Zambia’s president has been re-elected in a closely contested vote, the country’s electoral commission announced Monday.
The commission said President Edgar Lungu of the ruling Patriotic Front party had received 1 860 877 votes, while closest challenger Hakainde Hichilema of the opposition United Party for National Development received 1 760 347.
For the first time, the winner needed over 50% of the votes to avoid a runoff election.
The vote-counting process after Thursday’s election took days and has prompted opposition allegations of irregularities. Election observers have urged calm.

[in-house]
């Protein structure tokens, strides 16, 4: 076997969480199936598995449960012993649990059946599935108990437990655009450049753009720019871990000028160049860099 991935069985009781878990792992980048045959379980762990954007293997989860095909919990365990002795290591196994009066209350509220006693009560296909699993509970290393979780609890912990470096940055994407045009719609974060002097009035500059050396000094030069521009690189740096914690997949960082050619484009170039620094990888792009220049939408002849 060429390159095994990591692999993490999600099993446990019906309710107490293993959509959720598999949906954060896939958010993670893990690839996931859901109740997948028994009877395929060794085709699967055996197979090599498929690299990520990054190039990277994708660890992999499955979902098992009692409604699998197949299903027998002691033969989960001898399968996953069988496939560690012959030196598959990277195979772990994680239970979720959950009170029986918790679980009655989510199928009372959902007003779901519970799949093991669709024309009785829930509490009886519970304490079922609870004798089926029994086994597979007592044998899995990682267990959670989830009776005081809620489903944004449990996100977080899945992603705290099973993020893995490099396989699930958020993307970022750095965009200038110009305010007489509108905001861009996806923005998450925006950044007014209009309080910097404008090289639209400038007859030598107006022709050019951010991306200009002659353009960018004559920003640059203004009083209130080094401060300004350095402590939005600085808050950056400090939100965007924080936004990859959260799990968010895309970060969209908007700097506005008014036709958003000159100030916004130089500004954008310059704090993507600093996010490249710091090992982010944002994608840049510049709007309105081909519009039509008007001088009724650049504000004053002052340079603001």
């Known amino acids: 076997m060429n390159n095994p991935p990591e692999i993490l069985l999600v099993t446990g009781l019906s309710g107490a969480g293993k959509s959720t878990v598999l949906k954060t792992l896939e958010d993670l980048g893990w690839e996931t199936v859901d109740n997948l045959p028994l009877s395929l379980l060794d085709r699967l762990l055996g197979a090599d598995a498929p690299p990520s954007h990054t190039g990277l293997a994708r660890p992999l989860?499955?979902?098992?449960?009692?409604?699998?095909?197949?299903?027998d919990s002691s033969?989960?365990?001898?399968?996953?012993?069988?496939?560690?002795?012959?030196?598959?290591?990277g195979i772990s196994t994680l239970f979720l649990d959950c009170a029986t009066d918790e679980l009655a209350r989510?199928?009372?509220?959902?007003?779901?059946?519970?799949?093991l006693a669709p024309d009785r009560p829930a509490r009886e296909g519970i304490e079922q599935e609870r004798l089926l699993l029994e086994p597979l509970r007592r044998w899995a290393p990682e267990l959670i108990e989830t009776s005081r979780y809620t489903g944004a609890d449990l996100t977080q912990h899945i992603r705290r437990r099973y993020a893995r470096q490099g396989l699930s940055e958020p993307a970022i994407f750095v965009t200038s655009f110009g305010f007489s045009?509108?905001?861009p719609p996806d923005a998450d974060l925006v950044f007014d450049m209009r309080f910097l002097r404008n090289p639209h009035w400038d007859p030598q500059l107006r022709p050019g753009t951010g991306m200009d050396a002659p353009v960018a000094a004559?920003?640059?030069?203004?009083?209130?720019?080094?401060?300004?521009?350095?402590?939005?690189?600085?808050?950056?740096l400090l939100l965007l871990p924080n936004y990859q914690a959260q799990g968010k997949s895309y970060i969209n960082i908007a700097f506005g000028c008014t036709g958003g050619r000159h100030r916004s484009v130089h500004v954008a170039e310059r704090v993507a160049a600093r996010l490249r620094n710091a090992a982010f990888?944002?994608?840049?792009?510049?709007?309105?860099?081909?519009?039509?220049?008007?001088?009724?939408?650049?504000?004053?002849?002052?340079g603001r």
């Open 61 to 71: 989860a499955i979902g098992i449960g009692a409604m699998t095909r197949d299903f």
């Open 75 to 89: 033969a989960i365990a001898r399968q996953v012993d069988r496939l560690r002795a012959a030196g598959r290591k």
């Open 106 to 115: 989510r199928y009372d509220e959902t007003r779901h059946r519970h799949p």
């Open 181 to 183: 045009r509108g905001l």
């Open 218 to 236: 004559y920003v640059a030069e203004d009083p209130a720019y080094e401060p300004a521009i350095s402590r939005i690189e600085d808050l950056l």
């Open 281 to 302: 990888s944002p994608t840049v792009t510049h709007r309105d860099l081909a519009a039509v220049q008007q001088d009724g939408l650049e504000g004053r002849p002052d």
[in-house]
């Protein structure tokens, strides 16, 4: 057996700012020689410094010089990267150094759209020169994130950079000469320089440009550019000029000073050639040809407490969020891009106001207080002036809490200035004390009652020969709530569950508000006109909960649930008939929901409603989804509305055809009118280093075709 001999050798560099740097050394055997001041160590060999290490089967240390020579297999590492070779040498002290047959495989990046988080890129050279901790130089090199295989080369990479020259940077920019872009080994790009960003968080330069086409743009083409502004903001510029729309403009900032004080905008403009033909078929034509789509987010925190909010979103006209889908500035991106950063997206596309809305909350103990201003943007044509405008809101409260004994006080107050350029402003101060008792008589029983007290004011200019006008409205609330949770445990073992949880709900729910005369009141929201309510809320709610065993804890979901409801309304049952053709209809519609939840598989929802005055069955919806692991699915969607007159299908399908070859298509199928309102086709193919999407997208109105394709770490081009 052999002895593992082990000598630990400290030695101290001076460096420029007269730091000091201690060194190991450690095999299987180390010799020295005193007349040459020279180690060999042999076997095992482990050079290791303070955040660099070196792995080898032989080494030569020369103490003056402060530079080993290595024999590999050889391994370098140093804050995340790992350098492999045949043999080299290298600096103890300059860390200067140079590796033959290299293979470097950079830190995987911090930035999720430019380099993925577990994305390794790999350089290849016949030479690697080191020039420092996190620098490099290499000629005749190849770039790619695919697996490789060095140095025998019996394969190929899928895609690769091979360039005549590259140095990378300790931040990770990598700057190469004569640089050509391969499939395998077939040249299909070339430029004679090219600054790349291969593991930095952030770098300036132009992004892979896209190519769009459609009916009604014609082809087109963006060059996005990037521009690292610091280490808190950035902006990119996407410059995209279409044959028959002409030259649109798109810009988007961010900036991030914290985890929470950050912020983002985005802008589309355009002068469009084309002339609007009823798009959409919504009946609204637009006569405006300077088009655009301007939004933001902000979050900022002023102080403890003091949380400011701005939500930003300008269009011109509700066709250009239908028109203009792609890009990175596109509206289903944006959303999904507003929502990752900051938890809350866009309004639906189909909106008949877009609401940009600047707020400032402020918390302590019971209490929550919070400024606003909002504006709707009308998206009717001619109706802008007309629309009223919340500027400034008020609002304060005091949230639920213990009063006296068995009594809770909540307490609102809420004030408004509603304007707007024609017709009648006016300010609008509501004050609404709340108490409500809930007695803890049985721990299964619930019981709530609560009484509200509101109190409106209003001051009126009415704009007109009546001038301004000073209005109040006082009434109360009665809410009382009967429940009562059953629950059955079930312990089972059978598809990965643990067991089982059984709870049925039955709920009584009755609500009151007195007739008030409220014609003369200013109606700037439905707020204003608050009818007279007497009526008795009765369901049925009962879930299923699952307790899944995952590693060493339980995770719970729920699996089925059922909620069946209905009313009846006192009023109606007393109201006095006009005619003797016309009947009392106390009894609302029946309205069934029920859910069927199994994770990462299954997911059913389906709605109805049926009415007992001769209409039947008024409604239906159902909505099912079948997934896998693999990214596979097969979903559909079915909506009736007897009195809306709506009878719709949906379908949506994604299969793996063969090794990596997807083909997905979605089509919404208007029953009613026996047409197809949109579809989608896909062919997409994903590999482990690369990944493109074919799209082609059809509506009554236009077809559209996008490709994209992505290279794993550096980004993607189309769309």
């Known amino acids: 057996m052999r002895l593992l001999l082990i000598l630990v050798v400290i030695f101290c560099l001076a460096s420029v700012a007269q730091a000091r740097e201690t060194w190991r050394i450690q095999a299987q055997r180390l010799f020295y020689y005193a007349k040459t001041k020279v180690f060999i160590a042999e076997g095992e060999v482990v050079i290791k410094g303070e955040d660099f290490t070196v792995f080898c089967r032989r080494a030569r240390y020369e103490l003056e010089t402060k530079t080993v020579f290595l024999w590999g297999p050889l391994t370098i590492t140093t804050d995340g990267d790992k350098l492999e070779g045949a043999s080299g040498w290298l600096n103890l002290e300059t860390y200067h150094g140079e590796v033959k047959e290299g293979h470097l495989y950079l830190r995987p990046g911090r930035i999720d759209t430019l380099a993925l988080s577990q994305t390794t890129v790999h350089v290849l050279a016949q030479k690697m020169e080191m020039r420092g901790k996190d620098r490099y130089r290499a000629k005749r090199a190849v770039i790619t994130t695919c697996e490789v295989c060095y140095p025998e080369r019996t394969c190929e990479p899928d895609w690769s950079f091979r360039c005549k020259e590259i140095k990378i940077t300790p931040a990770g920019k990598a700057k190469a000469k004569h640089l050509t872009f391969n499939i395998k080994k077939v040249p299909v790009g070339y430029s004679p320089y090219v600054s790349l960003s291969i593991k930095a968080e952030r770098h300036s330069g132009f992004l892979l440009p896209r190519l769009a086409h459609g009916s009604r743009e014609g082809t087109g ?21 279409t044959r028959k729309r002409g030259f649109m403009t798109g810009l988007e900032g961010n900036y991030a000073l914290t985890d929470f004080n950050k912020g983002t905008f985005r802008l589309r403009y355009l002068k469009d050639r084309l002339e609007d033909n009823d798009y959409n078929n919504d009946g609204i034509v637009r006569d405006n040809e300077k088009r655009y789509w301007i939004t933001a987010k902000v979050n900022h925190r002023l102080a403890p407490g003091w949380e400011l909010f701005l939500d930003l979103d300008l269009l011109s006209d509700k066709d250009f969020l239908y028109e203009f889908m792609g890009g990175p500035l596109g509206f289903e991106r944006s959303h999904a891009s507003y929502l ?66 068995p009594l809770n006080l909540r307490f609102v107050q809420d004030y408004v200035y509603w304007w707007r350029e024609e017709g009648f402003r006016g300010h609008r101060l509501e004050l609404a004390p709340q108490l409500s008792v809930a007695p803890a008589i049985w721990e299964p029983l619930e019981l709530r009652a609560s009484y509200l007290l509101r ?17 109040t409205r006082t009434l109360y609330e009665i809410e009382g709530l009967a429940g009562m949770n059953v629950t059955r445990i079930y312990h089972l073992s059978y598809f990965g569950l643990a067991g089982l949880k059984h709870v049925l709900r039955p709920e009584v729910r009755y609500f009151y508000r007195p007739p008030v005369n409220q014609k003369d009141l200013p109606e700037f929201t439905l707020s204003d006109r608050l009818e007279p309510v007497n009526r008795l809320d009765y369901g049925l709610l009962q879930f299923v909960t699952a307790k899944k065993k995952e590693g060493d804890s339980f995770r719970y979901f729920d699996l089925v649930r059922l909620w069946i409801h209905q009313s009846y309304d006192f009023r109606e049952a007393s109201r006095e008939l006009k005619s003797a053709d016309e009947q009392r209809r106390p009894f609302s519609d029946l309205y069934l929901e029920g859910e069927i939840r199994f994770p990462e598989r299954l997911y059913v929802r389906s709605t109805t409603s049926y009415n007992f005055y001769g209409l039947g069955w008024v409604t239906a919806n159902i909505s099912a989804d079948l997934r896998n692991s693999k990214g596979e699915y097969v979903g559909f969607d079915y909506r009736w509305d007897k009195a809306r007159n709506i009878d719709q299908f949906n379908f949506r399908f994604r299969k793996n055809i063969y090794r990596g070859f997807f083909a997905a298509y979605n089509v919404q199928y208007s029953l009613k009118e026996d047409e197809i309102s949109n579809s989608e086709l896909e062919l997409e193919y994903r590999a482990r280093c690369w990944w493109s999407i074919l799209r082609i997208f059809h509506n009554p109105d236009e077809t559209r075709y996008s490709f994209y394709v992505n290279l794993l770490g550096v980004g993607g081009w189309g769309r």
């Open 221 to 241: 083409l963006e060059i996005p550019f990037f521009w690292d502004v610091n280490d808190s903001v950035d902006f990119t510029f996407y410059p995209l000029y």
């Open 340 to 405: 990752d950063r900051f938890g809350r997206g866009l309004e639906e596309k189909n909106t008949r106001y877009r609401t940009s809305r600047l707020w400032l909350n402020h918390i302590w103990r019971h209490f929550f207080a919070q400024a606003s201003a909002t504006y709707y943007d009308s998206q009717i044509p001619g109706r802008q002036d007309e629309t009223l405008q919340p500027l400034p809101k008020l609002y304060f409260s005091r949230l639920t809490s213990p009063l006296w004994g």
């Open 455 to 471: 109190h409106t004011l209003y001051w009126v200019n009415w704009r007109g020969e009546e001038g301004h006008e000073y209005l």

The election followed a tense campaign marred by street clashes, though voting day was mostly peaceful. Lungu, who took office in January 2015 after the death of President Michael Sata, won a tight election over Hichilema last year.
Zambia’s record of peaceful transitions of power had been held up as a democratic model in Africa. International observers have urged Zambians to direct any complaints about the election process to the courts, and not taking to the streets.
“In this tense and competitive climate it is essential that the security forces respect the constitution and remain impartial and professional in the discharge of their duties,” said Kofi Annan, the former UN secretary-general.
The Carter Center, the human rights organisation founded by former US President Jimmy Carter, said the weeks ahead will test Zambia’s democratic institutions.
“The country still faces significant challenges as its nascent dispute-resolution processes will surely be tested for the first time,” the center said in a statement.